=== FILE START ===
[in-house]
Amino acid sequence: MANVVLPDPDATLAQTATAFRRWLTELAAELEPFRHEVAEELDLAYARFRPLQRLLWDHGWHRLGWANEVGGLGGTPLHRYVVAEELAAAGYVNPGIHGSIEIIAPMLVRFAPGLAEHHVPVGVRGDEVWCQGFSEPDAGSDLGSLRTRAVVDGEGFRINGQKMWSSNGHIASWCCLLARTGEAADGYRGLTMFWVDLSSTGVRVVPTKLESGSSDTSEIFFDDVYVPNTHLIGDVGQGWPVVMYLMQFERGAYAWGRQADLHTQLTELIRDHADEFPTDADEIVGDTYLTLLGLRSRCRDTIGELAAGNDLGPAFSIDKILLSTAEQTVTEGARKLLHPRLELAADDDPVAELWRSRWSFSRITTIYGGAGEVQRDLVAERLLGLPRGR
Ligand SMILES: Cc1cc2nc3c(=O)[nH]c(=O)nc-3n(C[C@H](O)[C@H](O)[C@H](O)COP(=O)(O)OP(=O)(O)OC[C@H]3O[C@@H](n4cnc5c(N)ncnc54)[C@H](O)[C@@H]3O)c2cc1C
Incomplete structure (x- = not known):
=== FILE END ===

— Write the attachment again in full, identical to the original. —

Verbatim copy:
[in-house]
Amino acid sequence: MANVVLPDPDATLAQTATAFRRWLTELAAELEPFRHEVAEELDLAYARFRPLQRLLWDHGWHRLGWANEVGGLGGTPLHRYVVAEELAAAGYVNPGIHGSIEIIAPMLVRFAPGLAEHHVPVGVRGDEVWCQGFSEPDAGSDLGSLRTRAVVDGEGFRINGQKMWSSNGHIASWCCLLARTGEAADGYRGLTMFWVDLSSTGVRVVPTKLESGSSDTSEIFFDDVYVPNTHLIGDVGQGWPVVMYLMQFERGAYAWGRQADLHTQLTELIRDHADEFPTDADEIVGDTYLTLLGLRSRCRDTIGELAAGNDLGPAFSIDKILLSTAEQTVTEGARKLLHPRLELAADDDPVAELWRSRWSFSRITTIYGGAGEVQRDLVAERLLGLPRGR
Ligand SMILES: Cc1cc2nc3c(=O)[nH]c(=O)nc-3n(C[C@H](O)[C@H](O)[C@H](O)COP(=O)(O)OP(=O)(O)OC[C@H]3O[C@@H](n4cnc5c(N)ncnc54)[C@H](O)[C@@H]3O)c2cc1C
Incomplete structure (x- = not known):